<H — o- 



-: ~ 



I: 



4 (The jpoct (L lose' 



(Mr. "Barney Afagw unt.) 



CH! botheration! what a^perturbation 
And exasperation in the Pi 

At the first mintion of tin- Queen's 
intintion 
fo confer a pinsion on the Poj i 

< i ■ i-i ! 
There was the True-blues-man and 
the Farthin newsman 
All in the confushan fightin cheek by jowl : 

And the Whi^s ami Tories forgett'n their fr- 
ill their indignation and giniral howl I 







-©- ••• 



-o — H* 



iH — o- 



' 2Vie Poet Close? 

First the Tittle-tattle and the Penny-rattle 

Led off the battle with a puny squake, 
Whilst the Big tin-kettle and the 'heavy metal' 

His hash for to settle took the liberty to spake ; — 
" Shure 'twas most ongracious, not to say owdacious, 

"And enough to bring the wather to their eyes, 
" To take the loaves and fishes from the chilthren's 
dishes, 

" And bestow the Royal Bounty in such wise ! 

" If so be that noble Er-rls and infarior chur-rls 

" Has parties they don't love and daresen't bate, 
" Let them squaze their purses to choke off the curses 

'• And not foist their verses on the Public State ! 
" 'Twas a worse than jobbery, and a right down robbery. 

" For to give the ruffian fifty pounds a year,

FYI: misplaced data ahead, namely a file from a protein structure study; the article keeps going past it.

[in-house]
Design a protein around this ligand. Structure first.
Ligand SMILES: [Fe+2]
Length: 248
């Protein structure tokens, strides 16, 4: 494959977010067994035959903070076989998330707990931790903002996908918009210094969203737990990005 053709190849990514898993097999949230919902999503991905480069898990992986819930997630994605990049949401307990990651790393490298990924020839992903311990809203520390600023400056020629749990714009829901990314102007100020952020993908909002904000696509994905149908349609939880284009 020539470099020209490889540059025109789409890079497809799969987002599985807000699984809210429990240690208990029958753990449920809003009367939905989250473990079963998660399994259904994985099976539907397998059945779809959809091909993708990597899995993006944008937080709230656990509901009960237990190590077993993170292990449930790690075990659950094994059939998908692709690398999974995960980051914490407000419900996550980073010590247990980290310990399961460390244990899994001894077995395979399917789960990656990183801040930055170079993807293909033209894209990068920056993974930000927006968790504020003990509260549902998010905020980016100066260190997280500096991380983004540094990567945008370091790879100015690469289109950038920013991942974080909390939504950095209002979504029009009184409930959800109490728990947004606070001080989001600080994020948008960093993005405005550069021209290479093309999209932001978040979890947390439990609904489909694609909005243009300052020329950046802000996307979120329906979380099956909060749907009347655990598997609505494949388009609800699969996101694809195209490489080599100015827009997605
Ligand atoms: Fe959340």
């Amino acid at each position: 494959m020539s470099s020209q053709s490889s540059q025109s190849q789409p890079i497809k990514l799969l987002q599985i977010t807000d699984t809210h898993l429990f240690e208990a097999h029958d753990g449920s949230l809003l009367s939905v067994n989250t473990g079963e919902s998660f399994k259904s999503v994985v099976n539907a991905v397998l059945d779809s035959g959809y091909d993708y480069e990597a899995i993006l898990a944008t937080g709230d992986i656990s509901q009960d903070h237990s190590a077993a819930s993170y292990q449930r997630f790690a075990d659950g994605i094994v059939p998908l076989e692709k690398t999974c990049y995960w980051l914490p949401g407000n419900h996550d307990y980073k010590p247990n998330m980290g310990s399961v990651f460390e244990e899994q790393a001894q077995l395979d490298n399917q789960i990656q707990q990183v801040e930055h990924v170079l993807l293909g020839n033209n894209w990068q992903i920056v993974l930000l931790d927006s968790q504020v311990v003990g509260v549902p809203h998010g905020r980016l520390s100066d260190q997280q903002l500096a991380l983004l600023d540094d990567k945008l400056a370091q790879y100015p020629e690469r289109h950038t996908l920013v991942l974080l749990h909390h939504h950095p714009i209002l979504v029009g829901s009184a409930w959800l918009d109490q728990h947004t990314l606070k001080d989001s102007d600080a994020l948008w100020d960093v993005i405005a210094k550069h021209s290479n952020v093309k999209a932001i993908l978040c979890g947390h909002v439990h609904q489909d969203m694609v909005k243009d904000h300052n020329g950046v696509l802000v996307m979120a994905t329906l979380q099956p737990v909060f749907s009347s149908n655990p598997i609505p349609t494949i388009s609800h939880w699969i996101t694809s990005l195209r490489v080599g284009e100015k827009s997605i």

" Becase the swate nobilities were dhreading his civilities, 

" And ould Lord Lonsdale in a state of bodily fear. 

" Themselves despiting, there was Carlisle writing, 
" And Brougham inditing of saft-sardering notes, 



5« 



-0 R* 



* 



fc~ 



Puck on Pegasus. 

•'And Viscount Palmerston a-chuckling at the harm he's 
done, 

" And (lipping his fingers in the county votes, — 
'• 'Twoirld be a wrong entirely, to be repinted direly, 

"If the scribbling blackguard <>n 'the List' was placed, 
"And should the Legislature support the crature 

"Then foT sartin shure the counthry was disgraced!" 

the papers thundered, and the paple wondered 
Whose nose had blundered into this hornet's nist ; 

And the Queen, Heav'n bless her! the Roy'l Redhn 
Struck Clone's name out of the Civil List 

Och ! then, what ;i rowing and a rubadub-dow-ing 

And universal crowing filled the air, 

With .1 gin'ral hissing, hut Lord Pam was missing, 

Vnd in.ikm for the house-top b) the -met st.iir ! 



-^ 






^Dbcvtiscment. 

OST, stolen, or strayed ! — Goodness only 

knows which — 
A confoundedly ugly terrier bitch. 
Coat short, fore-legs long, colour mud" 
dyish black. 
(Item — bites freely:) no hair on the back : — 
Whoso brings the above to Old-Lady Place East, 
Will be rewarded ! ! (by getting rid of the beast). 





rf 



iU — c- 



-0 Hi 



*H — o- 



-o — B> 



n 

ia ■ 



0nx §toed Recruiting Sergeants, 

I -. •// before >. I '/<//, 

//<■/• fovfej of gold fell iter >' 

EDW \KI> AMi llill.il T A.